What is certain is that the new Family Insurance Plan (SFS) does not cover traffic accident victims despite the fact that workers contribute 2.5% of their salaries towards the service. One proposal forwarded was that the Labor Accident Insurance could be applied to traffic accident victims if they occur on the way to or from the workplace. Management representatives, who contribute 5.9% of each worker's salary to the system, are demanding that accident coverage should come from central health insurance funds.
In another area of contention, plan members cannot attend the medical center of their choice, but must use so-called "Primary Assistance Centers" for a doctor to refer the patient to a specialist. Unfortunately, the Health Superintendent and Public Health Ministry have not identified or created any of these Primary Assistance Centers. While the meeting, which lasted for over three hours, failed to reach an agreement, all the participants expressed a commitment to resolving the issues.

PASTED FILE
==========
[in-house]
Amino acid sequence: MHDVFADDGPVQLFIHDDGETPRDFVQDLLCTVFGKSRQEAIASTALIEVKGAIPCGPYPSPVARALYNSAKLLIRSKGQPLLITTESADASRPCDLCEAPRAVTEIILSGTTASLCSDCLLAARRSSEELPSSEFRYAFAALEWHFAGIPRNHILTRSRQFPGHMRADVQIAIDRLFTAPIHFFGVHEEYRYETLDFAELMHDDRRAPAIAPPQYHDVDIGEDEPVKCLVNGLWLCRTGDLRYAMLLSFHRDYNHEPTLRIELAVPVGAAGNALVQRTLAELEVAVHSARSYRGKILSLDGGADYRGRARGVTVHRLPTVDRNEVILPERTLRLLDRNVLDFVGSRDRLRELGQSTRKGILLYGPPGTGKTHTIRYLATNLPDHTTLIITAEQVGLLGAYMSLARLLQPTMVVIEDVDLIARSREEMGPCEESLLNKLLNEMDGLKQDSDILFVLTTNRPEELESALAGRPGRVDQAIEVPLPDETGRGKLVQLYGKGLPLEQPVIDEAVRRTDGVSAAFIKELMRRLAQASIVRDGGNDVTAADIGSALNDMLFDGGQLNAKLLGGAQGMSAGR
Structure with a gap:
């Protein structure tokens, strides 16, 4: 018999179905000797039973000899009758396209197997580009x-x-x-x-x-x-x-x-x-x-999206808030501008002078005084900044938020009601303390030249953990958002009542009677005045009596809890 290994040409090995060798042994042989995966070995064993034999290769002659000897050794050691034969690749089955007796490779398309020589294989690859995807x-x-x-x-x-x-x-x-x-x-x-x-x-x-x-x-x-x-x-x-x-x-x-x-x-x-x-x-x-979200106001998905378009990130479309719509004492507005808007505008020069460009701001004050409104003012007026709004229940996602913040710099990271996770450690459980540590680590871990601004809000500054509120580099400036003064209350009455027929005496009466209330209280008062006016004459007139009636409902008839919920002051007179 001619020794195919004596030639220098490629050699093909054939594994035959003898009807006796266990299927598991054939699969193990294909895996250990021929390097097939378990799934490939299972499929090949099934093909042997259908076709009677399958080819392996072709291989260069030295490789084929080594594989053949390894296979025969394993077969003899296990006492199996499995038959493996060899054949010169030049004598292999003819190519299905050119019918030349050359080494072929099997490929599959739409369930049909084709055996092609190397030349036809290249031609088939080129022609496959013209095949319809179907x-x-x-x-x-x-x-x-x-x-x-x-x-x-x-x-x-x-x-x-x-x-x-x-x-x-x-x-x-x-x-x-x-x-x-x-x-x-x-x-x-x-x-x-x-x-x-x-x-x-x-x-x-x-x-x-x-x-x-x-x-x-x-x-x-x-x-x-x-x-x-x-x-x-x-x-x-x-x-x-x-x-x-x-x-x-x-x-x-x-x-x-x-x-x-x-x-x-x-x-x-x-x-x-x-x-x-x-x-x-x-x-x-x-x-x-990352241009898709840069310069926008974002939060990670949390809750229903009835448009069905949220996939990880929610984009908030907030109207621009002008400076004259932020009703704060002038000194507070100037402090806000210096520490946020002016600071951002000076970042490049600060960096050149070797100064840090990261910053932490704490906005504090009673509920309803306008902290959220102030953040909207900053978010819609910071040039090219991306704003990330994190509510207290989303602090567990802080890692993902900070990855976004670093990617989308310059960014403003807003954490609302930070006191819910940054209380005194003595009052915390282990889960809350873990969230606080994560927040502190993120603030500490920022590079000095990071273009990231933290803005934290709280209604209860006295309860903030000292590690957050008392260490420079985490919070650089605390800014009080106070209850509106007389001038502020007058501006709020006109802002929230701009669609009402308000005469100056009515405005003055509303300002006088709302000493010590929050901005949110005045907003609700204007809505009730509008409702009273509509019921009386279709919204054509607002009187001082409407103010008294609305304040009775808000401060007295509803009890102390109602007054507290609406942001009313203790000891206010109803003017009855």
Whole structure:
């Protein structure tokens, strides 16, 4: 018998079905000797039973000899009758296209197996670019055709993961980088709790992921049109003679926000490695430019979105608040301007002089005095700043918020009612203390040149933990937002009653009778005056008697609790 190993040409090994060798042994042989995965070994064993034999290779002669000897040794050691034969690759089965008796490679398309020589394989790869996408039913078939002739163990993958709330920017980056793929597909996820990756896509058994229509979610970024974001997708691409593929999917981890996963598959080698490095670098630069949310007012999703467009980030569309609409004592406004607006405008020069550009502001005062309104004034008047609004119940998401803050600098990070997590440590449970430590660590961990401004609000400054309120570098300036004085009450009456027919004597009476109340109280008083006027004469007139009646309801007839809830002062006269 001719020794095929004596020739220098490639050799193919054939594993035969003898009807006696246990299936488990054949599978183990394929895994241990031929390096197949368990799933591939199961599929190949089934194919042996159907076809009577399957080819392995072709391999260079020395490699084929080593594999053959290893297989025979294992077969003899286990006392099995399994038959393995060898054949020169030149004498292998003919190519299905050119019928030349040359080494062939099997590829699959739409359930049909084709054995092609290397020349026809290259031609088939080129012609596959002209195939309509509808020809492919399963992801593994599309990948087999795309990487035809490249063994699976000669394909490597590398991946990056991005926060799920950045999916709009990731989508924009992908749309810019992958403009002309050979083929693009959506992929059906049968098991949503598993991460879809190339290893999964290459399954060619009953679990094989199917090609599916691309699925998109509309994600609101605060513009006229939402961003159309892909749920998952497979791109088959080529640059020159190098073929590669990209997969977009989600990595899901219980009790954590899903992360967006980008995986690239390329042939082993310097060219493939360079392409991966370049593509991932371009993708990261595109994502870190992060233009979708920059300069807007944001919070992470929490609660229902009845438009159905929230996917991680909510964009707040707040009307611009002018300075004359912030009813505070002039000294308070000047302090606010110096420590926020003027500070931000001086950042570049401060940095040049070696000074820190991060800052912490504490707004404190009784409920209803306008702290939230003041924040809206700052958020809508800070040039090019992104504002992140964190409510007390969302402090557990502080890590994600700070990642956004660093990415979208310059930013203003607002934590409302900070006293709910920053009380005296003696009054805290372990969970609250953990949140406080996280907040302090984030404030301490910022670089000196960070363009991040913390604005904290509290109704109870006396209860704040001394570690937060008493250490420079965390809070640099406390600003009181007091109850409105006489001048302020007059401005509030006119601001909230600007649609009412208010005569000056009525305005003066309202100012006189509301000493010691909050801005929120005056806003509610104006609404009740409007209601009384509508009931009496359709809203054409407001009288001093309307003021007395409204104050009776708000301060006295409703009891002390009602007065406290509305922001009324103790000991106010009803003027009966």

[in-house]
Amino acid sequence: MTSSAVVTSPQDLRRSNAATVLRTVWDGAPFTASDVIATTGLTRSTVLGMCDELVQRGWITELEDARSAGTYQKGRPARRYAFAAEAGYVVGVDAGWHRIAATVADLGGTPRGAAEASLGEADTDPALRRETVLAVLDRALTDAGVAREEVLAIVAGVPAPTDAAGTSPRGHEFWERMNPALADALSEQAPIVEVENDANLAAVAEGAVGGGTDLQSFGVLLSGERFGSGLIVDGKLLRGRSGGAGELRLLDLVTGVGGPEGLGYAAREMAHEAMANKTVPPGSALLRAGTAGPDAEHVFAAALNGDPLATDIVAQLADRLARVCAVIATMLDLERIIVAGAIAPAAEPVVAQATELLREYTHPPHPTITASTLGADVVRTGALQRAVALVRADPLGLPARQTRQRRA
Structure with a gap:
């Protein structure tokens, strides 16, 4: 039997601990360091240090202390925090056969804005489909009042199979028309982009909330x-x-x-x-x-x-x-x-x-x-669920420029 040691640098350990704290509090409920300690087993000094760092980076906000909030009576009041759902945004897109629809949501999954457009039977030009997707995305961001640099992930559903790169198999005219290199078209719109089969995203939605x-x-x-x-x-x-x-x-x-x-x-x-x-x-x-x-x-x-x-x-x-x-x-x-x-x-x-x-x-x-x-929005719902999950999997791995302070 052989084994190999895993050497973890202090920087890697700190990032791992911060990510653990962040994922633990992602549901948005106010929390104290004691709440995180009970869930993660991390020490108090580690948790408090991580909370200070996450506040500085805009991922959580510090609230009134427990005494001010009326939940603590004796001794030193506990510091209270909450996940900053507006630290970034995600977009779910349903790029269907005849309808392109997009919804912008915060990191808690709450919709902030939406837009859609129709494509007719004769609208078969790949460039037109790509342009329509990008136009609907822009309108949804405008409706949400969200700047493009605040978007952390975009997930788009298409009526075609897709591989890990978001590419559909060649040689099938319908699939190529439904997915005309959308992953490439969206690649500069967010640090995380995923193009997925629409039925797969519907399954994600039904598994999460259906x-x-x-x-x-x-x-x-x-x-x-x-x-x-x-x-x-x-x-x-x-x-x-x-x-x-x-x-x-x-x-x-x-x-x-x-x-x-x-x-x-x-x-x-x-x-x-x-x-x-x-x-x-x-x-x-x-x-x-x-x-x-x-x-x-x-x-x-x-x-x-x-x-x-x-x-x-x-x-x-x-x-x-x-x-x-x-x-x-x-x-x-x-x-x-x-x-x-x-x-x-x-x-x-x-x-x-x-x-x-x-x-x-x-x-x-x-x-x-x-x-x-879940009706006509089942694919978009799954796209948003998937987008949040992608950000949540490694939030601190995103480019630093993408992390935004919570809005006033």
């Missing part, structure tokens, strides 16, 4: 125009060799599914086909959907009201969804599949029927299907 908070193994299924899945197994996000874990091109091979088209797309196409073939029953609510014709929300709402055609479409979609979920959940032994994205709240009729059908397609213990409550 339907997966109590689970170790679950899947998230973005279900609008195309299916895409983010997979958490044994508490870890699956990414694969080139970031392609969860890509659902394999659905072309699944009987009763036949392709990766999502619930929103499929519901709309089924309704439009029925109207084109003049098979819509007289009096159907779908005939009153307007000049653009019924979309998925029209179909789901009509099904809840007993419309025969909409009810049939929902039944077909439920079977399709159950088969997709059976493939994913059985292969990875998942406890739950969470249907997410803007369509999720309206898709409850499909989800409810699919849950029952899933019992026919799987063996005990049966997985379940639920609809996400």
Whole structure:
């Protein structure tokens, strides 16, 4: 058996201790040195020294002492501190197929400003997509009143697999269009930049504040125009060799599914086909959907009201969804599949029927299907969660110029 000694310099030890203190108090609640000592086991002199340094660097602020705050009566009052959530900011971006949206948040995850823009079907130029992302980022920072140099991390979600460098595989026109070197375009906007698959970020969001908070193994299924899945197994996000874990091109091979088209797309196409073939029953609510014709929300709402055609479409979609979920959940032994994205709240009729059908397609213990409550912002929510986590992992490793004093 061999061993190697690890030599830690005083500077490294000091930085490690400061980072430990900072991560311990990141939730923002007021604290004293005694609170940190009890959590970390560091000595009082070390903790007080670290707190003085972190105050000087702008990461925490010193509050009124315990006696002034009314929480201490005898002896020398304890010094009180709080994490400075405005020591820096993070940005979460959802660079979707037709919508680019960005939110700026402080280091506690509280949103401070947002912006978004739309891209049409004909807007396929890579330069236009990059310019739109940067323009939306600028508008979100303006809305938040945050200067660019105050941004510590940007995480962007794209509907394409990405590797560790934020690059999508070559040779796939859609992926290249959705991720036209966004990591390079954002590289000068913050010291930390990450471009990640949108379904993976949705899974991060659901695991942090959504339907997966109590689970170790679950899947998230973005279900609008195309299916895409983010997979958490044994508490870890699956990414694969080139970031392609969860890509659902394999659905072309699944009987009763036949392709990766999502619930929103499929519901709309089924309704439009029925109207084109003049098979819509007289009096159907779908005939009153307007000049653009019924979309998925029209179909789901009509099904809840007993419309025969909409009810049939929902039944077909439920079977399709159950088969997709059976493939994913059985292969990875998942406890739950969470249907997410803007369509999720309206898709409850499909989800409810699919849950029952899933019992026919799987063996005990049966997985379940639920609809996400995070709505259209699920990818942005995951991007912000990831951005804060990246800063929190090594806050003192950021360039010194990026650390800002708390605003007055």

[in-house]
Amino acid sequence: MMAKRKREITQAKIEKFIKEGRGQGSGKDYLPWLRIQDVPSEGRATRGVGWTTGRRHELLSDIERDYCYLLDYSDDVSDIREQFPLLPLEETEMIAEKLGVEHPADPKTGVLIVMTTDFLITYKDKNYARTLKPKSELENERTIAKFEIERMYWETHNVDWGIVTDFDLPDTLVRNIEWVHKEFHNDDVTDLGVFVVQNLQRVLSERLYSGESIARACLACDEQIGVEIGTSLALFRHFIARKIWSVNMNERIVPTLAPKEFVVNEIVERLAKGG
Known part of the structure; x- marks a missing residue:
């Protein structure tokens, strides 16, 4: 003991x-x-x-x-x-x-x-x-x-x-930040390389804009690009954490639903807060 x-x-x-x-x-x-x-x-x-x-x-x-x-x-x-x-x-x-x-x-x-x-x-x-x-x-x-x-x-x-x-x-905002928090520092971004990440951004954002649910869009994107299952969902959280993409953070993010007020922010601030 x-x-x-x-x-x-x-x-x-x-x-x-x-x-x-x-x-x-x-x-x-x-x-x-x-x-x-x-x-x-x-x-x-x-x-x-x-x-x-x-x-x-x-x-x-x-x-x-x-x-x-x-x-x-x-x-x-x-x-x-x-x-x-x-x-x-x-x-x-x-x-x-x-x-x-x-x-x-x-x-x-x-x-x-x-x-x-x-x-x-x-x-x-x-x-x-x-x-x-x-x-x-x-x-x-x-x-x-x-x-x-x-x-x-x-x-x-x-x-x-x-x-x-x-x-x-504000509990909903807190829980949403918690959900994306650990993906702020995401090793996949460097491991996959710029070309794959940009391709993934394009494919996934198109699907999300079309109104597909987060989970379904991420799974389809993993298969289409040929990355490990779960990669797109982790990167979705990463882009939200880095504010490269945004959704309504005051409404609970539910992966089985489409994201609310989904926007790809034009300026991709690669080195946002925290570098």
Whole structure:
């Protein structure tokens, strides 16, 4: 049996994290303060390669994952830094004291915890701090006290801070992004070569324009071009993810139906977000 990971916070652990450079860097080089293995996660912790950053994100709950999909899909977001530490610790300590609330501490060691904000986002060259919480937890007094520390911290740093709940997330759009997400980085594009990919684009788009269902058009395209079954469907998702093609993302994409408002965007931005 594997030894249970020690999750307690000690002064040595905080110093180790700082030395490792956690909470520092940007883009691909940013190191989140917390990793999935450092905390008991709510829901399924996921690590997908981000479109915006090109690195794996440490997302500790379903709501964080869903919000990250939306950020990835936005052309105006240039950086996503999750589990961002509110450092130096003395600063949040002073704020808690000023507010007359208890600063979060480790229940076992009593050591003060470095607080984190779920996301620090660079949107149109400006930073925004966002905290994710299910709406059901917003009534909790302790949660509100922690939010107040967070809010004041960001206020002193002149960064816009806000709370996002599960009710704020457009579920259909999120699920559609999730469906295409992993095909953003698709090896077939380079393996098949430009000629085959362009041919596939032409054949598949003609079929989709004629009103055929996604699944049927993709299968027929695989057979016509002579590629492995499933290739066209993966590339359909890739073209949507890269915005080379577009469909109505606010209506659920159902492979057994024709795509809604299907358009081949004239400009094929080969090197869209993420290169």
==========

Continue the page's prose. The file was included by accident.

Nation climbs tech chart
The senior economist at the World Economic Forum, Irene Mia has said that recent improvements in the Dominican Republic's technological levels are encouraging. However, educational deficiencies are still a problem that must be addressed, according to the economist. In a report in Listin Diario, Mia says that the report looked at universities, the quality of business schools, research projects and higher education facilities. According to the economist, the Dominican Republic is doing very well in comparison with the rest of Latin America. She tempered her praise by saying that "one must take the weakness of Latin American education into consideration." Mia said that the 23-step improvement by the DR was indeed encouraging, since "it was the only country in the world to have made such a marked improvement."
See http://www.weforum.org/en/initiatives/gcp/...

Challenges for cross-border trade